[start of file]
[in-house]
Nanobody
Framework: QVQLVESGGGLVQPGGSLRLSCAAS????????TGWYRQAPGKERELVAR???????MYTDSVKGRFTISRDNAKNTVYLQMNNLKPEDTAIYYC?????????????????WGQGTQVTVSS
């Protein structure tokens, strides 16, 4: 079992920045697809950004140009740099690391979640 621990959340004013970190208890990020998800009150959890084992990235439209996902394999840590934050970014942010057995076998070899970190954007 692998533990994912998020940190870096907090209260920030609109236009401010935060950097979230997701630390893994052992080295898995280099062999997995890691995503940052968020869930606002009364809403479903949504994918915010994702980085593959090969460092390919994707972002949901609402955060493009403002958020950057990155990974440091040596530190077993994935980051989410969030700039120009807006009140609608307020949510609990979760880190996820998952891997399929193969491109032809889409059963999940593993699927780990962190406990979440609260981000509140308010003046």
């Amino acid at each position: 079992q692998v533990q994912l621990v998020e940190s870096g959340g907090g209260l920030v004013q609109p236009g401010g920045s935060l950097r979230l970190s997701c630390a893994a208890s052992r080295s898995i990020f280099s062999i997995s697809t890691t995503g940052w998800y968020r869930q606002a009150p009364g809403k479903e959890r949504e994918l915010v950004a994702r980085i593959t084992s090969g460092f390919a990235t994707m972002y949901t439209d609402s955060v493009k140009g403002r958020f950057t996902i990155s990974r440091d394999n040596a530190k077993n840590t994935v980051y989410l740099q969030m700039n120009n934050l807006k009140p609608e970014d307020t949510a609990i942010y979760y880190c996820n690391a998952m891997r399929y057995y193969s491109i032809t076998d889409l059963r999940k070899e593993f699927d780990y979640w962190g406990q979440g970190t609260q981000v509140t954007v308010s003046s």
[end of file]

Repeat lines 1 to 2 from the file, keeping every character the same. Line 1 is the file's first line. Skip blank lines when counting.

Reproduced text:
[in-house]
Nanobody